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  • After the Civil War the state began to reassume the pivotal position in national politics which has always made its elections second only in interest and importance to those of the nation, and the high political tension emphasized the evils of the " spoils system."

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  • Although defeated in the mayoralty election, his work on behalf of the merit system, as opposed to the spoils system of politics, was such that he was made a Civil Service commissioner - probably the last office a politician would wish to hold who desired further promotion, for the conflict which a Civil Service commissioner must have with members of Congress and other party leaders on questions of patronage is usually, or, at any rate, has been in the past history of American politics, inevitably detrimental to further official advancement.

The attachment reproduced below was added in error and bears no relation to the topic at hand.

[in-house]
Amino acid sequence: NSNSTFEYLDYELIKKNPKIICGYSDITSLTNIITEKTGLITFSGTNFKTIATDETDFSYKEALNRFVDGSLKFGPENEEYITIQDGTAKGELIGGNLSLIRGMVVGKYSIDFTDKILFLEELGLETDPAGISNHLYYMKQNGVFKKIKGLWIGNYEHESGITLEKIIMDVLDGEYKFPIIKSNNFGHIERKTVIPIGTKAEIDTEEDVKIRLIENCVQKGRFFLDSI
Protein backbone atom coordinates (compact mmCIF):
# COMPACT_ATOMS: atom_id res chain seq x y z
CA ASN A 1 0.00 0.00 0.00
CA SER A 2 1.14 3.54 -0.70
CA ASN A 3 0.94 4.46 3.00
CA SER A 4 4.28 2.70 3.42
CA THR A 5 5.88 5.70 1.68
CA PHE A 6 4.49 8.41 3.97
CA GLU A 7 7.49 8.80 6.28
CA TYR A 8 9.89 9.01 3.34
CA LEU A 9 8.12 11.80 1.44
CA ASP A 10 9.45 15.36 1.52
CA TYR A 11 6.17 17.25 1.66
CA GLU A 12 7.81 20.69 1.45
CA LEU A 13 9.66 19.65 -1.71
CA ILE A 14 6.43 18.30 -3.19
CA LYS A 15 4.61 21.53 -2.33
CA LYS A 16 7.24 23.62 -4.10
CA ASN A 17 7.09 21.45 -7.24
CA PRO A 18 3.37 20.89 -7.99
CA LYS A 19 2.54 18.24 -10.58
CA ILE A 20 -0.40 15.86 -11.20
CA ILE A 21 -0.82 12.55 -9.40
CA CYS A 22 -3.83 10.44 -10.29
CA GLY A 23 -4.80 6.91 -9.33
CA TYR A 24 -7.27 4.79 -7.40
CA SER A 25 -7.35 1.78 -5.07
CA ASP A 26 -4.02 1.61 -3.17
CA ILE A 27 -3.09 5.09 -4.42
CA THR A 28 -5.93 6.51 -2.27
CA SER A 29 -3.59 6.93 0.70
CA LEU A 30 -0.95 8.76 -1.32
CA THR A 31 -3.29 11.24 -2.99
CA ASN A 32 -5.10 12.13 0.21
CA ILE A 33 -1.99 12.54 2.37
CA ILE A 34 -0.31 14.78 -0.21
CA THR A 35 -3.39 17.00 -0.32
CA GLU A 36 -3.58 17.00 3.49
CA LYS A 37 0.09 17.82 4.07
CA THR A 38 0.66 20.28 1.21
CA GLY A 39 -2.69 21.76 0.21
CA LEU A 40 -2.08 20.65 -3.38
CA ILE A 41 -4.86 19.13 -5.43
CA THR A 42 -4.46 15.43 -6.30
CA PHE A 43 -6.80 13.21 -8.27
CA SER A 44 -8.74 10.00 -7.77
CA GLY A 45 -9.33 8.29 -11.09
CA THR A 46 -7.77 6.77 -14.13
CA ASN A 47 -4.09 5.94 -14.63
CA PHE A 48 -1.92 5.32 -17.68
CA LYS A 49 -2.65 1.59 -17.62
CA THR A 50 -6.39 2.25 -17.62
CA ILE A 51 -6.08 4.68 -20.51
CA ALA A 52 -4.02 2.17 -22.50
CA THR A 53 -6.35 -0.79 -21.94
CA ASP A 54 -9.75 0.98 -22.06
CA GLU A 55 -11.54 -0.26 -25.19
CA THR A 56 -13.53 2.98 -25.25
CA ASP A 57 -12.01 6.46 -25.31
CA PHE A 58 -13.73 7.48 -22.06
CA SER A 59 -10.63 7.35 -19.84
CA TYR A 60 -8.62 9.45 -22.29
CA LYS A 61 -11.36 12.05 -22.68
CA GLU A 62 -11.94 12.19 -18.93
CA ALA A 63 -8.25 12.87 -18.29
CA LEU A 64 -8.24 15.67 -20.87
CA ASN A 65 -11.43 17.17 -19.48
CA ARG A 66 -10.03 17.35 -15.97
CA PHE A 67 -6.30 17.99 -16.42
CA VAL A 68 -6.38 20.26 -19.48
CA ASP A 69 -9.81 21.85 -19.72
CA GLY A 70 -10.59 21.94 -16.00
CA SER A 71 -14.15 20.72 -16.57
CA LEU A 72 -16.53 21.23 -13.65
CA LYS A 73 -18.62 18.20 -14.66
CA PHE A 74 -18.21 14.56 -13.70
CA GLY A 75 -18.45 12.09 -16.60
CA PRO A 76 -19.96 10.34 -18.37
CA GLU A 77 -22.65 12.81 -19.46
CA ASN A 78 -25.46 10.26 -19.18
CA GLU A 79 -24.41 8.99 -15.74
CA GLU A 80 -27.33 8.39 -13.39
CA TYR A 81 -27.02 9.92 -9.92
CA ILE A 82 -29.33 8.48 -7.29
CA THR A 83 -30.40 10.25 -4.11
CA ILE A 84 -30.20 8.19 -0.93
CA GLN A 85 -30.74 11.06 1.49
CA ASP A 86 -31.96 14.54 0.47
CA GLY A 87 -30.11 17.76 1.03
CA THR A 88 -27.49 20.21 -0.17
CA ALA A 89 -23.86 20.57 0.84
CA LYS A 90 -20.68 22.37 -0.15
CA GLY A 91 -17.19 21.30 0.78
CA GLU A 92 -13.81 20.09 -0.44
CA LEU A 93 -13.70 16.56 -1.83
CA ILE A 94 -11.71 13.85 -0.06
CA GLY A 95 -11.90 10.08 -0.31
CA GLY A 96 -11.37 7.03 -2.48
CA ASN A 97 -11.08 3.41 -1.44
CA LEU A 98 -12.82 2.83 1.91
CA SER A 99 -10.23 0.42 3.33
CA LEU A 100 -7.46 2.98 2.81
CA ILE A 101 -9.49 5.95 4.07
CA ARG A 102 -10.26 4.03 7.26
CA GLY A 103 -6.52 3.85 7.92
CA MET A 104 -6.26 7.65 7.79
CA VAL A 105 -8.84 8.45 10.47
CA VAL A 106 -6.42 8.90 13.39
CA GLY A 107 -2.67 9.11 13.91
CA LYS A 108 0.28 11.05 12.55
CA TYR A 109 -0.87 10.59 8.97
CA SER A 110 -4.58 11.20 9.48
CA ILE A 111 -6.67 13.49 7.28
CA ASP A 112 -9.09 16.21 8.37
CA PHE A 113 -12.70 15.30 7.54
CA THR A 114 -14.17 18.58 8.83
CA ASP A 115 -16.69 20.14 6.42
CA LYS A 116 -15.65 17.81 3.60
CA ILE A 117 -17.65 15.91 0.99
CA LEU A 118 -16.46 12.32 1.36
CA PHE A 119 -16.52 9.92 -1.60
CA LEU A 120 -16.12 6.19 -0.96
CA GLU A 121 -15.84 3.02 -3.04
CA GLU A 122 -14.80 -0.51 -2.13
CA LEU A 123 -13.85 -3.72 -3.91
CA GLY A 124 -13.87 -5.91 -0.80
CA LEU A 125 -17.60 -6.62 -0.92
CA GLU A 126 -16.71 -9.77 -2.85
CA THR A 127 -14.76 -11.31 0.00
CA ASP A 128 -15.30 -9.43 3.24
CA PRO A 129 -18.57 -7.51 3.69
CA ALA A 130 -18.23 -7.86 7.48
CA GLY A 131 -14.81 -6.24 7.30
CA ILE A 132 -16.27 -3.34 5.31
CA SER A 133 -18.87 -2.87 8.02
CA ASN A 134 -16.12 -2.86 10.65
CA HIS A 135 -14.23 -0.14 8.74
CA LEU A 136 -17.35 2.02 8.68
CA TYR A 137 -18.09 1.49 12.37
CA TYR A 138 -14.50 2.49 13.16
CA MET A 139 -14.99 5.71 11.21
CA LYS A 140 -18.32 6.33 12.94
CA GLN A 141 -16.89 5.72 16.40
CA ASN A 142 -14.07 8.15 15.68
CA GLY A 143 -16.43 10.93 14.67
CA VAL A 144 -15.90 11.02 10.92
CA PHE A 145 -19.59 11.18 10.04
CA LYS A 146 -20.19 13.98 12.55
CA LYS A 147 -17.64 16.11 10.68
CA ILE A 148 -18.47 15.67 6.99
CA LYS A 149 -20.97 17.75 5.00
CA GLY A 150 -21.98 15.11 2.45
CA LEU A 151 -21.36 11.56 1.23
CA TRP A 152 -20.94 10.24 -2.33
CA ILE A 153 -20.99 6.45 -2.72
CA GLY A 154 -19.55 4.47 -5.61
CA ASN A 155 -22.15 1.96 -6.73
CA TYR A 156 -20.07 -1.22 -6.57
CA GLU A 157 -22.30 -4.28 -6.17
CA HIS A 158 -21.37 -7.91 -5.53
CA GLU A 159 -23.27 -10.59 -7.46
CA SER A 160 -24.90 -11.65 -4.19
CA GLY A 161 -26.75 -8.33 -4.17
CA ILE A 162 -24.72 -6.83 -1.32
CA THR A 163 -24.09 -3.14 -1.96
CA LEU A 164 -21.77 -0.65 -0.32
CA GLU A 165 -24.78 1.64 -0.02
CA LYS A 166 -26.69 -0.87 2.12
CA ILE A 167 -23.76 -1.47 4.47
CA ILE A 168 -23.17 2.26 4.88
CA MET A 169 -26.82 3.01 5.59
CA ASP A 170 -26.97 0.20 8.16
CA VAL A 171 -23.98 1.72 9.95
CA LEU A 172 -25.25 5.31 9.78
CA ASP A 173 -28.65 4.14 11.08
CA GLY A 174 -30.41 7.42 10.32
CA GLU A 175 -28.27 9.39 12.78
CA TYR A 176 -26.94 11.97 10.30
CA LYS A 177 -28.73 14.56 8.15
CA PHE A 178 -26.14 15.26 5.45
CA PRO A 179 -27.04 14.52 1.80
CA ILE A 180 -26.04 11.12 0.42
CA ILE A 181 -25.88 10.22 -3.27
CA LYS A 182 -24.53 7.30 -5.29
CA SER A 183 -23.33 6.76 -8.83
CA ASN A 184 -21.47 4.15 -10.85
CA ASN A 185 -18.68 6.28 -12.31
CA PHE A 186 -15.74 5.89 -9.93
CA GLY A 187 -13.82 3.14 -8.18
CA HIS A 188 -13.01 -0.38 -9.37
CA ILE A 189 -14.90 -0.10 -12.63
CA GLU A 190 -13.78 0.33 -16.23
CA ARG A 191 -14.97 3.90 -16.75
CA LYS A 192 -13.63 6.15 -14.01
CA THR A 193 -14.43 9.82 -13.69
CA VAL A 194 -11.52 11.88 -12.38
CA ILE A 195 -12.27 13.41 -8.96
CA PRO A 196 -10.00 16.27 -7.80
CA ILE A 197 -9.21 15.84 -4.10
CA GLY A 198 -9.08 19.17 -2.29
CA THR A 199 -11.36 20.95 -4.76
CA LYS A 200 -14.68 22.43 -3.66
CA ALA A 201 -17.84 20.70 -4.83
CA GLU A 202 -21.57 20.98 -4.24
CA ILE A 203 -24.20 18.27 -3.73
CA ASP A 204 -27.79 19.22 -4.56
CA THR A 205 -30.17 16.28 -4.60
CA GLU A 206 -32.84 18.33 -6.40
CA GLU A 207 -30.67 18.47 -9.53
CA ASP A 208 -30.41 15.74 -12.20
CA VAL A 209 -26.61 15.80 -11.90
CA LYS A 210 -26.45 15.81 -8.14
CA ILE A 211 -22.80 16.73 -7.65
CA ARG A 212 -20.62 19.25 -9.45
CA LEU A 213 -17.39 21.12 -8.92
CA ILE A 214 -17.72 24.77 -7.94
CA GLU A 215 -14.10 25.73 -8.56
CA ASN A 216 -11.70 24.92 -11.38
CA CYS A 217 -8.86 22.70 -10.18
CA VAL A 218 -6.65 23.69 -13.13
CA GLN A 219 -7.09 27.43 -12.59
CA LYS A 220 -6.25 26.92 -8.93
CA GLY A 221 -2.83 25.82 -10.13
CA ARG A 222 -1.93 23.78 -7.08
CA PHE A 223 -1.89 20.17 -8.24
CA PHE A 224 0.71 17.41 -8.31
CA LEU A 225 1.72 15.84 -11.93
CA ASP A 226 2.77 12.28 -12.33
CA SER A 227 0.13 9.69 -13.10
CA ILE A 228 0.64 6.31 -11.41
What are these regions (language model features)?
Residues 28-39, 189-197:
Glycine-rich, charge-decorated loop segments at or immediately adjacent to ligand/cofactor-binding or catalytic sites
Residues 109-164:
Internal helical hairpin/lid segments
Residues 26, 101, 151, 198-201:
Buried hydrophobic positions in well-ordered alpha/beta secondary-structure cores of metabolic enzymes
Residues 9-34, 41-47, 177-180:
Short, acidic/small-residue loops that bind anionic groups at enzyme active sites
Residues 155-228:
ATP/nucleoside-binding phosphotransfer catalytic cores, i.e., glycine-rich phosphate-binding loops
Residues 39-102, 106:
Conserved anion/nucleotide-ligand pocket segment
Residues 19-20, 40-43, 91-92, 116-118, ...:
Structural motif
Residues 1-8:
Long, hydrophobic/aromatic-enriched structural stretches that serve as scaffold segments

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  • No American president has done so much to discredit and destroy the old Jacksonian theory of party government that "to the victors belong the spoils," and to create confidence in the practical success as well as the moral desirability of a system of appointments to office which rests upon efficiency and merit only.

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  • Before leaving, he led his troops to the coast opposite Britain, and ordered them to pick up shells on the seashore, to be dedicated to the gods at Rome as the spoils of ocean.